> > hexadecimal form:
> > >>> a = 199
> > >>> "%o" % a

> > '307'
> > >>> "%x" % a

> > 'c7'
> >
> > But, can string formatting be used to convert an integer to its binary
> > form ?

>
> a = 199
> a_bin_str = pack('L', a)

Notice that the OP was looking for another thing, given the examples.
Perhaps a better wording would have been "how to convert an integer
to its base-2 string representation".

Gabriel Genellina
Softlab SRL

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Mirco Wahab
Guest
Posts: n/a

 09-28-2006
Thus spoke Gabriel Genellina (on 2006-09-28 11:05):

> At Thursday 28/9/2006 05:22, Mirco Wahab wrote:
>> > But, can string formatting be used to convert an integer to its binary
>> > form ?

>>
>> a = 199
>> a_bin_str = pack('L', a)

>
> Notice that the OP was looking for another thing, given the examples.
> Perhaps a better wording would have been "how to convert an integer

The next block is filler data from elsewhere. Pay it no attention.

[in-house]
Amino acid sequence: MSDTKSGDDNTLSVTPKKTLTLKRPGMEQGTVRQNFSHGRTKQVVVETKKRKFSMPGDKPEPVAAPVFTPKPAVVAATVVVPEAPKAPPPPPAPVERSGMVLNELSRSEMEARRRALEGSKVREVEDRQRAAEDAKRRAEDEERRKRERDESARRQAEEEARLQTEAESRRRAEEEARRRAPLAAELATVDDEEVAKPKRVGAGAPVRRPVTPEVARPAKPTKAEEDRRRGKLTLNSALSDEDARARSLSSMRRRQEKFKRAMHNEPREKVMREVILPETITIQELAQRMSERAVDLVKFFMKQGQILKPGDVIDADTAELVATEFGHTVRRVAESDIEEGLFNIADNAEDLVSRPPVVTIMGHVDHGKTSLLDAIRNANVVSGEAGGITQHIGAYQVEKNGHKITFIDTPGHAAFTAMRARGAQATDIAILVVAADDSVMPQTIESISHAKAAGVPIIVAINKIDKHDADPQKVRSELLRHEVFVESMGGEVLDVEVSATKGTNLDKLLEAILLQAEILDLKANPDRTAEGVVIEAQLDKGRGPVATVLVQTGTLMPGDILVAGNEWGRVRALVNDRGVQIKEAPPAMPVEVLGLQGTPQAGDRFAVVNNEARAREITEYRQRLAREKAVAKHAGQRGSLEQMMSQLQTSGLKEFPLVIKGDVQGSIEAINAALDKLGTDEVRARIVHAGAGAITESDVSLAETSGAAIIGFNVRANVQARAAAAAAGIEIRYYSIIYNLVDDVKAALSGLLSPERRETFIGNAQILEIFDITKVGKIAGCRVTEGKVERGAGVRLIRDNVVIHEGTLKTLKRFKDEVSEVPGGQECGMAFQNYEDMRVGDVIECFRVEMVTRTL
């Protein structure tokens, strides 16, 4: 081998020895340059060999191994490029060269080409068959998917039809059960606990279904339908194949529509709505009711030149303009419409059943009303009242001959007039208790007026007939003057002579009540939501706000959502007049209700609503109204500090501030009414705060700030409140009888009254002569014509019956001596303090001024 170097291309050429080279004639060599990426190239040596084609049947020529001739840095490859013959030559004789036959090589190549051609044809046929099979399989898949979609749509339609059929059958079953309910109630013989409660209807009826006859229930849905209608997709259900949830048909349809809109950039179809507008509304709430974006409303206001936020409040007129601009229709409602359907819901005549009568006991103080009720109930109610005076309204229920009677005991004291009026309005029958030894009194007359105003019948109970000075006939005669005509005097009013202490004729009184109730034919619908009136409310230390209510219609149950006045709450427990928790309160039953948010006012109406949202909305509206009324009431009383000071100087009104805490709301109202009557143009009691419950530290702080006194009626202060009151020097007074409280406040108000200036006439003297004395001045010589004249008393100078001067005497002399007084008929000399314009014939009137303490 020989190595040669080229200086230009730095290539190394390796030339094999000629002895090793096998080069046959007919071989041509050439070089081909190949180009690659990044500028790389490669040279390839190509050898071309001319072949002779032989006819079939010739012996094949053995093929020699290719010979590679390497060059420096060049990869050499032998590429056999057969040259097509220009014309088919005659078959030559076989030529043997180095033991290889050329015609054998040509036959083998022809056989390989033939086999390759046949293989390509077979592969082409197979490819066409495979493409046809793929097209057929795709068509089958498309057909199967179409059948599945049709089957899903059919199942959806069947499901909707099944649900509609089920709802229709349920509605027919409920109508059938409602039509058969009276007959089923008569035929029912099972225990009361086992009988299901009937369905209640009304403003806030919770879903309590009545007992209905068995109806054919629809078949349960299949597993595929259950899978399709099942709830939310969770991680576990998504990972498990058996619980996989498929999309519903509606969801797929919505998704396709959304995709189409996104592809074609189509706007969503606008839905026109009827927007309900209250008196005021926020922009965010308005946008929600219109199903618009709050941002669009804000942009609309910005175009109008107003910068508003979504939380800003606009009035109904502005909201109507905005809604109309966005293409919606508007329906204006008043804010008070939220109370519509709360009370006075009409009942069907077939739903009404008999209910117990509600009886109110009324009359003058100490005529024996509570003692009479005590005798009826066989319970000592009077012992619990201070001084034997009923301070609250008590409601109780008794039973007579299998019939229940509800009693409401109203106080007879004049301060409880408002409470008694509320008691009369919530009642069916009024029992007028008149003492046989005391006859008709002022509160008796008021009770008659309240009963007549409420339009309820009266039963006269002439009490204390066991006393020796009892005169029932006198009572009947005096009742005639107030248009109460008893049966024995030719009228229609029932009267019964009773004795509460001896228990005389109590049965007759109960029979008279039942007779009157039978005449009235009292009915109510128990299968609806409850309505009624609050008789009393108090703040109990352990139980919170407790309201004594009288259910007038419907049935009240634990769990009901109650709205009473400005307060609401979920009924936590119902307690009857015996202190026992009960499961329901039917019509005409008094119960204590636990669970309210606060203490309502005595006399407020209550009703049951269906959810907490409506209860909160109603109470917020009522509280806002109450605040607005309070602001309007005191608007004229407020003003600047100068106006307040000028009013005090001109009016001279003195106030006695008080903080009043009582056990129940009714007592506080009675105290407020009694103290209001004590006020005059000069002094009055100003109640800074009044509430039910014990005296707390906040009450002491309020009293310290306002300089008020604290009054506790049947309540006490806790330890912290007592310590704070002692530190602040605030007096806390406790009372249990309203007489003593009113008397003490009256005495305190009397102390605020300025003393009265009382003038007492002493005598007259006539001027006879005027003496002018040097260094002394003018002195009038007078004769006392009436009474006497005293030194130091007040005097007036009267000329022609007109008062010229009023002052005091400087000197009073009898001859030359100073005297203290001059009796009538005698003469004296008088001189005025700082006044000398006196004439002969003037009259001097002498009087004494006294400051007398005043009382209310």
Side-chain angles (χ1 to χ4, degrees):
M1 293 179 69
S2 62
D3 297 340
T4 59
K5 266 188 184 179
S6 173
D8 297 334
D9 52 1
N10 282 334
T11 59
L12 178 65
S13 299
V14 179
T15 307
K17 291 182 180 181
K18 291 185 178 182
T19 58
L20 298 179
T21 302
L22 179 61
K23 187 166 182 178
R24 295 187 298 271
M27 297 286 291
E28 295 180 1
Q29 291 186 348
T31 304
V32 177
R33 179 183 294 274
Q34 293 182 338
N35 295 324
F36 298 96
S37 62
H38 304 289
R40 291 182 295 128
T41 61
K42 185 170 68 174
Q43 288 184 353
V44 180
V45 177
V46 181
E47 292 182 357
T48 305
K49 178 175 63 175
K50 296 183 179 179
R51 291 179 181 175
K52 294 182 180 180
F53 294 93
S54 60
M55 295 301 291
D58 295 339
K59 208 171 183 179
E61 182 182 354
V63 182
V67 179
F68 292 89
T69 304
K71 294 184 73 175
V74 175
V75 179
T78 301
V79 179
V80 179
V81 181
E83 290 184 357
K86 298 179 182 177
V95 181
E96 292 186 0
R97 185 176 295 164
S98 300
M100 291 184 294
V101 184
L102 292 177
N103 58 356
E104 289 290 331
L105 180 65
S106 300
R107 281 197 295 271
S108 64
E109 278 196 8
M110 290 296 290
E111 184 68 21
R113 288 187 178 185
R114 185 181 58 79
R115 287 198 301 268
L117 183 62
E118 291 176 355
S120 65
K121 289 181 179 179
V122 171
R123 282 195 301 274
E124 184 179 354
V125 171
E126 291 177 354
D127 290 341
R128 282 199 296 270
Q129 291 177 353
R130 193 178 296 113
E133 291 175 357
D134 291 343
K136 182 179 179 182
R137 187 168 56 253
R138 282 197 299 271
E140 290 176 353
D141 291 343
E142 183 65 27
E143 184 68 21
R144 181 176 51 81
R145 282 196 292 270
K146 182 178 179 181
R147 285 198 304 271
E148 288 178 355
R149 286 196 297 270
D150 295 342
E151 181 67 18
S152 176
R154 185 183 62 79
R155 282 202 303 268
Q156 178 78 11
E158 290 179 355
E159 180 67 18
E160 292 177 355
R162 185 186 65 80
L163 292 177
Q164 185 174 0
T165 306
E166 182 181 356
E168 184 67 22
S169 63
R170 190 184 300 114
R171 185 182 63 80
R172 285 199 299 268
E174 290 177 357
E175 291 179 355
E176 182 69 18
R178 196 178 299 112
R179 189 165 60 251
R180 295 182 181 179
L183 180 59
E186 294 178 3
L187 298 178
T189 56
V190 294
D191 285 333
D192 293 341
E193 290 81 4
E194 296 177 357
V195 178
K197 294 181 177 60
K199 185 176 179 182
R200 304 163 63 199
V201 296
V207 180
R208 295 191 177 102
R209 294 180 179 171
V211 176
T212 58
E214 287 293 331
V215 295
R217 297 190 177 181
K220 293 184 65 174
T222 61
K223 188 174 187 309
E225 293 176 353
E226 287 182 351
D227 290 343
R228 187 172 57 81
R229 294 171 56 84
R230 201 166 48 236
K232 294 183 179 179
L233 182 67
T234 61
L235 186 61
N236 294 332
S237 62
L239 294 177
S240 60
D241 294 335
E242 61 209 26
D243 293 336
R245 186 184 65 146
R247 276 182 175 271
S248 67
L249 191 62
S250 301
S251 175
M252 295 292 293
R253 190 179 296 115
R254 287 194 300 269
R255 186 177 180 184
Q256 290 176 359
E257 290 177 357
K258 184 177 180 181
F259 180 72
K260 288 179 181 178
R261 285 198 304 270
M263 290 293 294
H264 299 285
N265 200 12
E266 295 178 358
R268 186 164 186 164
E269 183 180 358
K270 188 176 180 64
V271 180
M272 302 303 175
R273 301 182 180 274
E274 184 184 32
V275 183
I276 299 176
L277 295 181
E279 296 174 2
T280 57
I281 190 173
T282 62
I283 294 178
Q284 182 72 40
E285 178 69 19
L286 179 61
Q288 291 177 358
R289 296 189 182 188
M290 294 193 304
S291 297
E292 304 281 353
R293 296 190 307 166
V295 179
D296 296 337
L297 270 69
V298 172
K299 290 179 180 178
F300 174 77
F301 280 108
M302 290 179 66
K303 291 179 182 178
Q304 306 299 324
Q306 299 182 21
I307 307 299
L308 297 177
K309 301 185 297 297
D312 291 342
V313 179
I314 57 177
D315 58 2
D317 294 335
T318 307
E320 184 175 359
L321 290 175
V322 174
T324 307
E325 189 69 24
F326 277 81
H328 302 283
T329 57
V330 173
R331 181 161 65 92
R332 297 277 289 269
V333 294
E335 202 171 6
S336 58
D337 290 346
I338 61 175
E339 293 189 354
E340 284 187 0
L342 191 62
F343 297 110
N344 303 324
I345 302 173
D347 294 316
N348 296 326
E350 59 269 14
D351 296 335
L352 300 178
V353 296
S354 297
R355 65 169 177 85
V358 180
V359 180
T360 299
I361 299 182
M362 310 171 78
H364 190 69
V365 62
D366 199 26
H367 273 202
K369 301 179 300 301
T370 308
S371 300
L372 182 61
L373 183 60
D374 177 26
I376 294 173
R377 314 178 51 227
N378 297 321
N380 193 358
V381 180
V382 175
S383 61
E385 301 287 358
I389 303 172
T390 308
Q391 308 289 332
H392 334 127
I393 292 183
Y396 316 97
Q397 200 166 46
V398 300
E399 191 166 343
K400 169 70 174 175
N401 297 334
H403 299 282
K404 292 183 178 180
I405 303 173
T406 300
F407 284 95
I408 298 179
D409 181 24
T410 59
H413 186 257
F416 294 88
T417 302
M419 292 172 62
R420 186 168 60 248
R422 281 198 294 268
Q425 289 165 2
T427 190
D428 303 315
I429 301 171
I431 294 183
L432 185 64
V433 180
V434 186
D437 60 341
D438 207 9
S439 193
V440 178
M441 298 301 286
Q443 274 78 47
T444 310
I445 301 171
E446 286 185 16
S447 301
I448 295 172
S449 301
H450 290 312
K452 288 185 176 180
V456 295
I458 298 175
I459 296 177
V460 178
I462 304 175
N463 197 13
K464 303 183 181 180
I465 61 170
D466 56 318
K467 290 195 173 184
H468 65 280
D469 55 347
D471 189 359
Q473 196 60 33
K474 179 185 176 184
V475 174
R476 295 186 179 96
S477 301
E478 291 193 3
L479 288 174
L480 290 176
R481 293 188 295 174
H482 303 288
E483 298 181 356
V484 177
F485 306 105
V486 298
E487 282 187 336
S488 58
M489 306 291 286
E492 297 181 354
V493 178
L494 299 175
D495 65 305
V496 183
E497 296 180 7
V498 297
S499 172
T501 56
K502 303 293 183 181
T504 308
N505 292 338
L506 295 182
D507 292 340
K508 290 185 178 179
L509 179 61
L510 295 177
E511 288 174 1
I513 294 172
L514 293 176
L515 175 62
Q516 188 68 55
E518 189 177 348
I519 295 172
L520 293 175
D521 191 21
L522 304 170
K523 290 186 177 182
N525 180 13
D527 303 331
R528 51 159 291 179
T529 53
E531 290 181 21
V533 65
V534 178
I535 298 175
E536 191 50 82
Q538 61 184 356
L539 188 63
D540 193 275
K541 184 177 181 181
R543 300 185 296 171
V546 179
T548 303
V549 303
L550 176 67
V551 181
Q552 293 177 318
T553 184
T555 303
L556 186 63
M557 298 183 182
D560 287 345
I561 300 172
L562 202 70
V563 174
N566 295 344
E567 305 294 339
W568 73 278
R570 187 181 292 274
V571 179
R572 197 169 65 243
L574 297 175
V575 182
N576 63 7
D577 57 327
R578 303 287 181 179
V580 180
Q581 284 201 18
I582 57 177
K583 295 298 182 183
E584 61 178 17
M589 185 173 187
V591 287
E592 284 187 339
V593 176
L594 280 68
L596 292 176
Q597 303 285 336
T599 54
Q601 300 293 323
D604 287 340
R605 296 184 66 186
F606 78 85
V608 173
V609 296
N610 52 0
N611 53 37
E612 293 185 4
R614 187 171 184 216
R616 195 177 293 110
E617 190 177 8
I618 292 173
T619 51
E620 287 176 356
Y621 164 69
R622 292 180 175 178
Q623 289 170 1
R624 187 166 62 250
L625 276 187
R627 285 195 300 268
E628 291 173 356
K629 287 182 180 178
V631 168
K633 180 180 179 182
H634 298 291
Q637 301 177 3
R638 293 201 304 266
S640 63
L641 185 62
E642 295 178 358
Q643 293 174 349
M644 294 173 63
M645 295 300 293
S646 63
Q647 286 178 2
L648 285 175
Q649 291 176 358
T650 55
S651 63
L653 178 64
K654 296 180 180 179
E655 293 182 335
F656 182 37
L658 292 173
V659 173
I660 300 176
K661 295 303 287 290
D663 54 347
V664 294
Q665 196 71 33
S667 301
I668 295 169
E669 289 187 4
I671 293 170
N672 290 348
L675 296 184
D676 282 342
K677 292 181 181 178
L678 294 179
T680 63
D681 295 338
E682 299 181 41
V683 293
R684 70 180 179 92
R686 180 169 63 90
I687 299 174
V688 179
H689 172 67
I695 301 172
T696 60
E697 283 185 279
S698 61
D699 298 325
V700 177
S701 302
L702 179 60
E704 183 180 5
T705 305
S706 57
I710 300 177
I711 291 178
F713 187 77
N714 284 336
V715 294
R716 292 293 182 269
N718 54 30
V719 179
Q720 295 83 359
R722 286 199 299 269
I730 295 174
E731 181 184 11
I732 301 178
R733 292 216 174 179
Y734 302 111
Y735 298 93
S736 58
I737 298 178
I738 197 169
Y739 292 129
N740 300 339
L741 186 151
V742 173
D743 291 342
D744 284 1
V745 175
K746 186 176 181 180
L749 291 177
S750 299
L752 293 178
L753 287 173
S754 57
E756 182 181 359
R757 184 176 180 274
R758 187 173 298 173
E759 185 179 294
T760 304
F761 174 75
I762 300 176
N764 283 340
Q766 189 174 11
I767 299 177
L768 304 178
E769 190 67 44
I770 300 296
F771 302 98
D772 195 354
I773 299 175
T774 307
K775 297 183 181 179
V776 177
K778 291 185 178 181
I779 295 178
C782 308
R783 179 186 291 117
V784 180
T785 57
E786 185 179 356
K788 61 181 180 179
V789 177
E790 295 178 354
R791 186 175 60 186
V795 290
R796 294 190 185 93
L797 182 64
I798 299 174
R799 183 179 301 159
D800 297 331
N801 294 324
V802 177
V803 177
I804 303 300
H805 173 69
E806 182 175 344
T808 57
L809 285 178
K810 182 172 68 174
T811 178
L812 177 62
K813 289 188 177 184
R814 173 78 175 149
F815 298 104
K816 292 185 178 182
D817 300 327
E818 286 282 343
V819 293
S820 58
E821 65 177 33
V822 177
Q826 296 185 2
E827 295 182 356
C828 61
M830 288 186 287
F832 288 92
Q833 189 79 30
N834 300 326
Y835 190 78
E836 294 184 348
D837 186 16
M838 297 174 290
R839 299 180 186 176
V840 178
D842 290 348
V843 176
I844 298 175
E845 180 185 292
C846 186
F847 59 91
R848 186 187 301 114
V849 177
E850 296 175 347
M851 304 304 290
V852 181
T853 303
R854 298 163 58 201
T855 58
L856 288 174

> to its base-2 string representation".

Yes, you are right. The OP looks for a
'binary (bit) representation ..."
I admit I didn't find out how to format
a value into a bit string in Python.

In Perl, this would be a no-brainer:

\$var = 199;
\$str = sprintf "%0*b", 32, \$var;

and str would contain 00000000000000000000000011000111
on a intel machine.

But where is the %b in Python?

Regards & Thanks

Mirco

bearophileHUGS@lycos.com
Guest
Posts: n/a

 09-28-2006
Mirco Wahab:
> But where is the %b in Python?

Python doesn't have that. You can convert the number to a hex, and then
map the hex digitds to binary strings using a dictionary, like this:
http://aspn.activestate.com/ASPN/Coo.../Recipe/440528

Bye,
bearophile

Frederic Rentsch
Guest
Posts: n/a

 09-28-2006
(E-Mail Removed) wrote: